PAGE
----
“Holy shit, that was awesome, you know what I mean?” Sean said. “I cannot wait to hook up with them.”

“Wow,” Charlie elaborated. “Talk about intense. I’m still having a heart attack. My heart attack is having a heart attack—Jesus Christ. I thought you were going to fall out of the car, man.”

“`And in Connecticut,`” Sean quoted. “`There’s hamburger aaalllll over the highway.`”

Charlie laughed. “`Oh Porgy, oh my, oh my, oh my!’”

“You want to give me those?” Sean snatched a few damp napkins to dry off. “Great.”

Charlie exhaled and Sean ripped open their beers, toasting the girls as they pulled ahead, and again became a red speck.

The girls must have been doing almost ninety because not even the old V-8 bomb could keep up with them. The Delaware Water Gap appeared over the trees. And with symbolic eloquence for these two guys who lived through reading, the colossus rose above the forest, turning toward them. The granite shoulders shone in the broken patterns of sun. The red speck 2 flew across the bright chasm between Jersey and everything west, and then disappeared under the arc of a rainbow.

“Talk about symbolism.” Sean laughed, sardonically. Charlie began to sing, “Somewhere… under the rainbow…”

Sean put his arm out the window, filling his tee shirt with wind. “So, now what?”

“Follow directions, I guess.” Charlie gave a nod at the perfectly timed road sign that pointed towards Black Bear Falls.

“That would be a first…” Sean tilted his hand in the wind and let it fly.

They drove on into the wet sunshine of a fresh morning in June. For a while they laughed over the stunt with the girls and then the buffeting windows and Latin rock allowed them some privacy, and their conversations fell away, a space of silence with a history. They listened to the music narrating their lives and serving as an emotional umbilical line with their adolescence and its discontents. Then Charlie pushed the gas and the Galaxie began thrashing the road. They were zooming to their favorite soundtrack of high school, pitched so loud that both of their fathers would have stormed into the basement and yelled at them to turn it the hell down, go out and get a job, Goddamn it. And knowing this then made them both laugh without explaining.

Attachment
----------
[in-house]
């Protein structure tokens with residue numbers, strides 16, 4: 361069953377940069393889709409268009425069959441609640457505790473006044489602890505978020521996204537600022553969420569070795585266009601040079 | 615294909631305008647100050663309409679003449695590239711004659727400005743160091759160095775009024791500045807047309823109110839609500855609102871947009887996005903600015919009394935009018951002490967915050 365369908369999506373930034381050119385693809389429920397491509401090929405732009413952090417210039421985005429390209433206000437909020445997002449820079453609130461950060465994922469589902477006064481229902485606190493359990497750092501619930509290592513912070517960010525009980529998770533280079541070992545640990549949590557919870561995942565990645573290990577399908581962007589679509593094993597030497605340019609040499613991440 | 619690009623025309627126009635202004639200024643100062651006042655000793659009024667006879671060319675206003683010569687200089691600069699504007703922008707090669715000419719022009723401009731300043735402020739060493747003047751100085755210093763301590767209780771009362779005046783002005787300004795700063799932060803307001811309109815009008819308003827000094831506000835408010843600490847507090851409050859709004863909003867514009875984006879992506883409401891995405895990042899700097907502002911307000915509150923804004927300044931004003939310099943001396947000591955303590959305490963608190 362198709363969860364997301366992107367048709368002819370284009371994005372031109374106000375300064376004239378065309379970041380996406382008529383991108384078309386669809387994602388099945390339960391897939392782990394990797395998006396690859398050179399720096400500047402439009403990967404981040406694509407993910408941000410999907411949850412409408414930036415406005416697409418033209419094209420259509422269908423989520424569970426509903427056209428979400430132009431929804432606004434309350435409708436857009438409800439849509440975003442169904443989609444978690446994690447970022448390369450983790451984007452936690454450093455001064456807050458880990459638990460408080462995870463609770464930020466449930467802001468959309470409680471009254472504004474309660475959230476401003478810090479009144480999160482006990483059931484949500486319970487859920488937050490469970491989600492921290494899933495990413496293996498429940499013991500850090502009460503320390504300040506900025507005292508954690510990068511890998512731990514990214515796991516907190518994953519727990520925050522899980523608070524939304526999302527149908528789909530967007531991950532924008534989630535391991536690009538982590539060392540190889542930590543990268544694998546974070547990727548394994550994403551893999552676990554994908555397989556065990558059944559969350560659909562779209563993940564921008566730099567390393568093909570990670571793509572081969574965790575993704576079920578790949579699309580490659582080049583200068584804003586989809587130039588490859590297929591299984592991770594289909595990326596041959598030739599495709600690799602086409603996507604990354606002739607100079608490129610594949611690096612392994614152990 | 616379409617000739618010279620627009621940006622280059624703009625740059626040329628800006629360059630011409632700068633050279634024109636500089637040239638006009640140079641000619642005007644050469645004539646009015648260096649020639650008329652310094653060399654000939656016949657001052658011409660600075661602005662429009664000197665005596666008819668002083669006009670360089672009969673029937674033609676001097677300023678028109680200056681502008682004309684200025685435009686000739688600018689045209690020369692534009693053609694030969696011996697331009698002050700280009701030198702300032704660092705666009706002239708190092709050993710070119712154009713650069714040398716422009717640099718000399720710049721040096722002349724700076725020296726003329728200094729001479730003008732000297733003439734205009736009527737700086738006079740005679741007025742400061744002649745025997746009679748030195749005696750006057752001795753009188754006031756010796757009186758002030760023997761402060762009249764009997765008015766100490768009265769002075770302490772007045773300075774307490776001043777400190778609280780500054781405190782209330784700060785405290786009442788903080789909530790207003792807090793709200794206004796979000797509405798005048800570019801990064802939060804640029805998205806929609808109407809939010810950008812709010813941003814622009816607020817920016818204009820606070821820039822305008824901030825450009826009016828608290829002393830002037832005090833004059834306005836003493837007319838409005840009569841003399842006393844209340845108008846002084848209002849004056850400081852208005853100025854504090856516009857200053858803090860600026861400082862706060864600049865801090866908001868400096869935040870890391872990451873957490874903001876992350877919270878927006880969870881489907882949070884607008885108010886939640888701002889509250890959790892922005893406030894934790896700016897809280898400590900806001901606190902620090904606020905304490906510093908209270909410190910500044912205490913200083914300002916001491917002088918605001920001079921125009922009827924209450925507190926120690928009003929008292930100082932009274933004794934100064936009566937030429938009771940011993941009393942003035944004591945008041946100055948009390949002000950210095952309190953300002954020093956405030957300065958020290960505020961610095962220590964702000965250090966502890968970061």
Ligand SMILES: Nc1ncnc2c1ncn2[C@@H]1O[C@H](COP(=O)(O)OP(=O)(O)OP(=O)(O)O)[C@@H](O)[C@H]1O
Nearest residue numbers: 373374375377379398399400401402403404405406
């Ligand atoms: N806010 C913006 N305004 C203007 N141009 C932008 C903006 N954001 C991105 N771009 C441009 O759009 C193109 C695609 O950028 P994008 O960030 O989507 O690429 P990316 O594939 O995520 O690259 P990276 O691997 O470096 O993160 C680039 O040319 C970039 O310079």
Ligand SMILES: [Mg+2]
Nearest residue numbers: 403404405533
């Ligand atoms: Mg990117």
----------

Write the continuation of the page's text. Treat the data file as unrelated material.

Because they had, that was the funny part. As if to foil their parents, they had found work. On a tip from a friend in their prep school, they were driving today into the Poconos as the perfect place to set things into motion for their year off from college. As waiters at any one of the resorts, they would make a few hundred a week. They just didn’t know which resort they should work in.

“What was the name of that joint again?” Sean called out to Charlie.

“Black Bear Falls Inn, is what she said. I say we go there.”

Sean laughed across at Charlie, “Are you kidding me? It’s a no-brainer.” Charlie smiled back, and their hair flew across their eyes for a moment. The excitement in the driveway was two hours in the rear view mirror, and everyone they knew was back there at home along with the unexamined lives they were leaving—the uncut lawns, unpainted shutters, and uncleaned garages of that whole Pleasant Valley Sunday thing, which was killing them. Soon, they would make hundreds a week and would get to Mexico in July. And at the last gas station, to make it that much sweeter, they had met the two blondes in the red Corvette, and their plans solidified further with just a slight change.

Sean jacked a greatest-hits eight track into the deck and the car filled with the sun-bright guitars and shotgun piano of the Allman Brothers. In real time now, they would catch I-80 near the mountains, cross Pennsylvania, head down across the mythic badlands of the American West and south to some peyote plateau with a dusty old shaman, where they would find the undiscovered truths behind the visible, an adventure no less surprising to them than it was to others. Sean Braden and Charlie Bell, both nineteen years old, and going on seventeen, had been a pair of underachievers since they had met five years ago, in prep school, when they both won the honor of study hall detention, as freshmen. Now, after a year of music, pot, and philosophy in their different colleges, they were putting that deadening conformity in the rearview mirror of this dented Ford, back with all the expectations and resentments of their stunted youth. They drove slowly into the village of Black Bear Falls, where they did not see the red sports car.

They went out of the village in a matter of one intersection with an Esso Station, a pizza joint, and a roadhouse saloon made of dark logs. A mile or so outside the town, they went through a neighborhood of stonewalls and deer parks, and in some smooth procession, the 3 summerhouses rolled along in the deep shade. The beautiful landscapes formed outdoor rooms. Two stone columns stood at the entrance of a long, shaded drive. The brass plaque bore the name, Black Bear Falls Inn, and beyond that they saw the wet shimmer of woodlands without end. They turned in, turned off “Low Rider,” and listened to the crackle of tires on branches, acorns, and other bits of storm trash that littered the spots of sunshine, damply gleaming shadows, and little wisps of steam.

Next entry: Scooby Doo gets scared of his shadow.